Wednesday, January 23, 2008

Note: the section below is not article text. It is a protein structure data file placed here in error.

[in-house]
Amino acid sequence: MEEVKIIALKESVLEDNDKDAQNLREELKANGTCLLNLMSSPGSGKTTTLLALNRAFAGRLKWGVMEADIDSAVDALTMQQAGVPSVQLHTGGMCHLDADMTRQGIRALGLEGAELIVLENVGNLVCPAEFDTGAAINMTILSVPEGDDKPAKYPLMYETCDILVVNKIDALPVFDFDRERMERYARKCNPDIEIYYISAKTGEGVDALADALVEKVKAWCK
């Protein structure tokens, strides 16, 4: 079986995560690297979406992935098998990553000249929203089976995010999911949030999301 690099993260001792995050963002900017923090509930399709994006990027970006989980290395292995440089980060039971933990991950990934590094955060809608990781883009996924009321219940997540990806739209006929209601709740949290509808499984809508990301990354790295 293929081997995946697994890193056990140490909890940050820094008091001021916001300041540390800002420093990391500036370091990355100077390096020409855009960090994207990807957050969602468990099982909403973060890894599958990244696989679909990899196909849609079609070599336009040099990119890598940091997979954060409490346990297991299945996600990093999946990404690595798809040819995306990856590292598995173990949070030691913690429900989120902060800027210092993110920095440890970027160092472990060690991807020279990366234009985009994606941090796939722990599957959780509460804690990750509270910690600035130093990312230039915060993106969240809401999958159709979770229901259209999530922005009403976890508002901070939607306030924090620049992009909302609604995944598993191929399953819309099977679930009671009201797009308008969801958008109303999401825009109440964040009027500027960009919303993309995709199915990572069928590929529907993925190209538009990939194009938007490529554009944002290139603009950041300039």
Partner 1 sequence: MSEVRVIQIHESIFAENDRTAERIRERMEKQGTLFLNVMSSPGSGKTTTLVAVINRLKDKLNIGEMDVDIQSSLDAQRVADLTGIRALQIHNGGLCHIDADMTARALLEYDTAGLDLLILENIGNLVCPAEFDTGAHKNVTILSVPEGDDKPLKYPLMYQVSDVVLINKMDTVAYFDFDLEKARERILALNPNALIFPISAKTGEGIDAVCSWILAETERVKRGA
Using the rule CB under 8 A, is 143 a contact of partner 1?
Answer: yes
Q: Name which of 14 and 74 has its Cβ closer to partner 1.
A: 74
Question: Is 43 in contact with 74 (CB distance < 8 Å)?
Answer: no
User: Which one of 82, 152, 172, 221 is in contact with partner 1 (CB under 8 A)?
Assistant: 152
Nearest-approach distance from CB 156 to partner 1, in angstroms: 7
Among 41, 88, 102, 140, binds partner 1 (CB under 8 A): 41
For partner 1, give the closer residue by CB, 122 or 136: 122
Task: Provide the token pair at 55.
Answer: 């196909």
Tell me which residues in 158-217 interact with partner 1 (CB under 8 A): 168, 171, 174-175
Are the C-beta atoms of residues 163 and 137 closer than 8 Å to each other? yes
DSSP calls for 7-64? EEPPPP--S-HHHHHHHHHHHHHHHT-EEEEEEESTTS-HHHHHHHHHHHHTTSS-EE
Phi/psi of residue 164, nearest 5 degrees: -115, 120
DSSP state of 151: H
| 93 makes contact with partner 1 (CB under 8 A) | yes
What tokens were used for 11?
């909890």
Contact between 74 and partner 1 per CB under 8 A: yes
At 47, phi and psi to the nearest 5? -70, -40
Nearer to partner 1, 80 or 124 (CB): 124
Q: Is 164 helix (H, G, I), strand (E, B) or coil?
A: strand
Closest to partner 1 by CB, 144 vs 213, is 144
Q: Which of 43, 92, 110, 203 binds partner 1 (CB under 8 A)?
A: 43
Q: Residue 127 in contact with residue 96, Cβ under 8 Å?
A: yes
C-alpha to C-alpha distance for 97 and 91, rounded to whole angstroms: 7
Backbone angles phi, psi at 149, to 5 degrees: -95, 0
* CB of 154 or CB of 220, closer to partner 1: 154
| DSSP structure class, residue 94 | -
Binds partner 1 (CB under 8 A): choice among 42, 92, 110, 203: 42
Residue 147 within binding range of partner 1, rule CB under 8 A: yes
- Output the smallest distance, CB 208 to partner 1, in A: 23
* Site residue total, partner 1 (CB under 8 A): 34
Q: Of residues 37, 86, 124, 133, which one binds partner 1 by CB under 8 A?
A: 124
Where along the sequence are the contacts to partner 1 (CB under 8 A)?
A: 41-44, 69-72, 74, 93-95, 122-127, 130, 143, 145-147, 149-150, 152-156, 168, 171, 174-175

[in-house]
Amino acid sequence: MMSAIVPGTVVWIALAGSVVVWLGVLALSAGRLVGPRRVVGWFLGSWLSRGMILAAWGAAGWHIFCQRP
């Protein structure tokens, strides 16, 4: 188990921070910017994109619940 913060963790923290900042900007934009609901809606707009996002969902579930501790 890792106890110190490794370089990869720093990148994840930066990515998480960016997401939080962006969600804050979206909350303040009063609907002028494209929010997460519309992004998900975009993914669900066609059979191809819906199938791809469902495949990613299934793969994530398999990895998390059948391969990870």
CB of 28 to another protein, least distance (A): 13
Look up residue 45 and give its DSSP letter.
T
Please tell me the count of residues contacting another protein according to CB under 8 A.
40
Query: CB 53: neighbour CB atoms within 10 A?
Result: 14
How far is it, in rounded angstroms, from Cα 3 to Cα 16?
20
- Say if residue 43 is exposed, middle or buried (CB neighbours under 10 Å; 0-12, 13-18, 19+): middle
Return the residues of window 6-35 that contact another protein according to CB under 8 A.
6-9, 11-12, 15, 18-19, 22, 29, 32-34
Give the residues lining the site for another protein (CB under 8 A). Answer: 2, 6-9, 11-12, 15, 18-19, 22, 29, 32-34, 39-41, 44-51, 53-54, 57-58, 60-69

So, Pakistan is not trying to find Osama bin Laden? That's what Pakistan's president, Pervez Musharraf, said yesterday during a visit to France, according to the Associated Press. But isn't finding bin Laden the justification for sending U.S. troops to Afghanistan, which borders Pakistan, and dislodging the Taliban from power there? And isn't that why the U.S. has given billions of dollars to Pakistan? Musharraf said Tuesday that it was more important to fight remnants of the Taliban on the Afghan border than to search for leaders of al-Qaida, the terrorist group that took responsibility for the Sept. 11 attacks in the United States, and the fact that bin Laden and al-Qaida second-in-command Ayman Al-Zawahri are still at large and believed hiding in the border region "doesn't mean much." What does the White House think about this? A top State Department official, counterterrorism chief Dell Dailey, said the Bush administration was displeased with the quality of intelligence from Pakistan about what was going on in the border region. "We don't have enough information about what's going on there -- not on al-Qaida, not on foreign fighters, not on the Taliban," Dailey told the AP. Musharraf, who as commander of Pakistan's military seized power in a bloodless coup in 1999, said the remnants of Afghanistan's former Taliban regime and its Pakistani sympathizers are the "more serious issue" for both countries. Musharraf, the former commander of Pakistan's armed forces, seized power in a bloodless coup in 1999. French President Nicolas Sarkozy, who met with Musharraf yesterday, expressed support for Pakistan's fight with extremists, the AP reported.